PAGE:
In a Lorentz Invariant theory, does microcausality automatically hold? In a free theory this is obvious. In an interacting theory I found some 'proof's in this paper: http://arxiv.org/abs/0709.1483

However the proofs show that for space-like separated $x$ and $y$ $$\langle 0| [\hat{\phi}(x),\hat{\phi}(y)]|0\rangle =0.$$

But for the microcausality condition to hold at an operator level we need to show that $$\langle n| [\hat{\phi}(x),\hat{\phi}(y)]|n\rangle =0\,\, \forall \,n$$

where $|n\rangle$ forms a basis. My question is, can this be shown? Or are further assumptions needed?


If all truncated $n$-point functions vanish for $n>2$ (i.e. we are dealing with a so-called generalized free field), microcausality for vacuum expectation values and at the operator level are equivalent. The former, on its turn, follows from Lorentz invariance alone in the case of scalar (but not necessarily free) fields, as shown by Pierre-Denis Methée, who was a student of de Rham (Sur les Distributions Invariantes dans le Groupe de Rotations de Lorentz, Commentarii Mathematici Helvetici 28 (1954) 225-269). If the field is interacting, this is no longer the case and then, in fact, microcausality does not follow from Lorentz invariance alone, even if positive definiteness of the $n$-point functions and the energy-momentum spectrum condition also hold. Unfortunately, though, I am not aware of any explicit example of a quantum field theory which is Lorentz-invariant but not microcausal, despite some claims in the literature that it is not difficult to build such an example. If I happen to find one, I will update my answer.

It is also important to point that there are non-Lorentz invariant quantum field theories that are nonetheless microcausal (e.g. some models coupled to a suitable external "ether" field). In such models, microcausality and the energy-momentum spectrum condition suffice to ensure that energy-momentum spectrum has a Lorentz-invariant shape and therefore has Lorentz-invariant dispersion laws (i.e. either of "mass-shell" of "light-cone" type), even in the absence of bona fide Lorentz invariance - this is a consequence of the Jost-Lehmann-Dyson representation of the two-point function, which does not rely on Lorentz invariance. This shows that the concepts of Lorentz invariance and microcausality in a quantum field theory are not equivalent, regardless of the lack of examples of Lorentz-invariant but acausal models.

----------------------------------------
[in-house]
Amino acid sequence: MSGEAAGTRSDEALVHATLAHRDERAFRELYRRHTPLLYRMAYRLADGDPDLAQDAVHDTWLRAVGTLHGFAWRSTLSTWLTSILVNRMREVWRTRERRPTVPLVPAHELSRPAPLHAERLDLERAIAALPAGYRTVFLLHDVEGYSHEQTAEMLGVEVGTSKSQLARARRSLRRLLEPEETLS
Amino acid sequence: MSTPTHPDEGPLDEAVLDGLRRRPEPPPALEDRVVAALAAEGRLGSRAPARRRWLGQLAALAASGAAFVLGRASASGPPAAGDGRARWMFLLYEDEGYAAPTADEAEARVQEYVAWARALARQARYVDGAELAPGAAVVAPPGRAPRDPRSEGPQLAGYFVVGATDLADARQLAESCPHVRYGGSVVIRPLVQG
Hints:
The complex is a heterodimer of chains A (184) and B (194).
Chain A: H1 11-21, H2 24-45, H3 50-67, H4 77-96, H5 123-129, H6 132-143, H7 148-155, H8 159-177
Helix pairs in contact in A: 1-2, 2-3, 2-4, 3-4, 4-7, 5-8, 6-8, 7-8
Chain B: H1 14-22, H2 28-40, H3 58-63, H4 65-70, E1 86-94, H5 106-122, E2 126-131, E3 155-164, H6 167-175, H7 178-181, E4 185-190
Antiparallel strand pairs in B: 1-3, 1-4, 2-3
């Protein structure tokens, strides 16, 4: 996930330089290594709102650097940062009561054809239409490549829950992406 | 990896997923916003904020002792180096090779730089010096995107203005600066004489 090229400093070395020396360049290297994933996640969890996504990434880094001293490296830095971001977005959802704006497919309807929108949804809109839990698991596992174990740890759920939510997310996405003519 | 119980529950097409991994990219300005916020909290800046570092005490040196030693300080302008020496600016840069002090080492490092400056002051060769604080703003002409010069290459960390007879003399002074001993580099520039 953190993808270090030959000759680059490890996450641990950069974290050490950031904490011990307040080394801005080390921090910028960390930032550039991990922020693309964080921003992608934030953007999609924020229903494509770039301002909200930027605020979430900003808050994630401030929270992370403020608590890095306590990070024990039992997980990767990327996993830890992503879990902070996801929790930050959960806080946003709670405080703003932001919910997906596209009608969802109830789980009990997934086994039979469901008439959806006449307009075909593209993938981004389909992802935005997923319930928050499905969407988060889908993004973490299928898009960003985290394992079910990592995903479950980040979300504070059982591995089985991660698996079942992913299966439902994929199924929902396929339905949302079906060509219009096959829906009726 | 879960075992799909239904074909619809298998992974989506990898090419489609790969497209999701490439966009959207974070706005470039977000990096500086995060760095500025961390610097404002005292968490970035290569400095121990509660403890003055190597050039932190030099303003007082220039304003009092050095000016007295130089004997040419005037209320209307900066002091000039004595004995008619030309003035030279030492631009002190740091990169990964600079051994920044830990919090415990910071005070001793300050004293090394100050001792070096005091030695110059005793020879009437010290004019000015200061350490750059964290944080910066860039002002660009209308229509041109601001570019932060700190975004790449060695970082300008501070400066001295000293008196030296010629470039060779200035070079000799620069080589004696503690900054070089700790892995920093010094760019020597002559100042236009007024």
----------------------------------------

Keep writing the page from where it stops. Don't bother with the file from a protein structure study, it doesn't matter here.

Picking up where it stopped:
• $\begingroup$ thanks for your answer. Weinberg in fact says that we need microcausality to prove the Lorentz Invariance of the S matrix. He says that for something like the Dirac field which is not directly observable, this is the only 'justification' of the microcausality condition. The paper I linked however claims that microcausality can follow from Lorentz Invariance. However they show it holds in curved spacetime as well,in the absence of global L.I. It is quite an interesting paper actually. $\endgroup$ – Nirmalya Kajuri Jul 16 '16 at 22:35
  • $\begingroup$ It is important to remark that the arguments in the paper you cited are not rigorous, being mostly based on formal functional integrals and perturbation theory. The result of Methée I cited, on the other hand, is completely rigorous and holds under very general assumptions (the two-point function doesn't even need to be positive or tempered). Moreover, microcausality lies at the basis of the dispersion relations for the S-matrix and its resulting high-energy behavior, which can be checked in collider experiments (Froissart bounds, etc.). $\endgroup$ – Pedro Lauridsen Ribeiro Jul 17 '16 at 3:36
  • $\begingroup$ In curved space-times, arguments based on formal functional integrals and the ensuing formal perturbation theory are even more suspicious because there is in general neither a Wick rotation nor an S-matrix to begin with - the very geometry of space-time precludes that since there may be no global isometries at all. In this case, an algebraic approach tends to be more appropriate. $\endgroup$ – Pedro Lauridsen Ribeiro Jul 17 '16 at 3:39
  • $\begingroup$ Thanks for your comments. I have one final question. If we know that for a theory the S matrix is Lorentz invariant, does microcausality automatically follow? $\endgroup$ – Nirmalya Kajuri Jul 17 '16 at 6:29
  • $\begingroup$ @NirmalyaKajuri : it seems, that yes, it does. From Lorentz invariance of $S$-operator follows, that interaction hamiltonians commute on space-like intervals, which is nothing but microcausality criterion. $\endgroup$ – Name YYY Jul 28 '16 at 20:37

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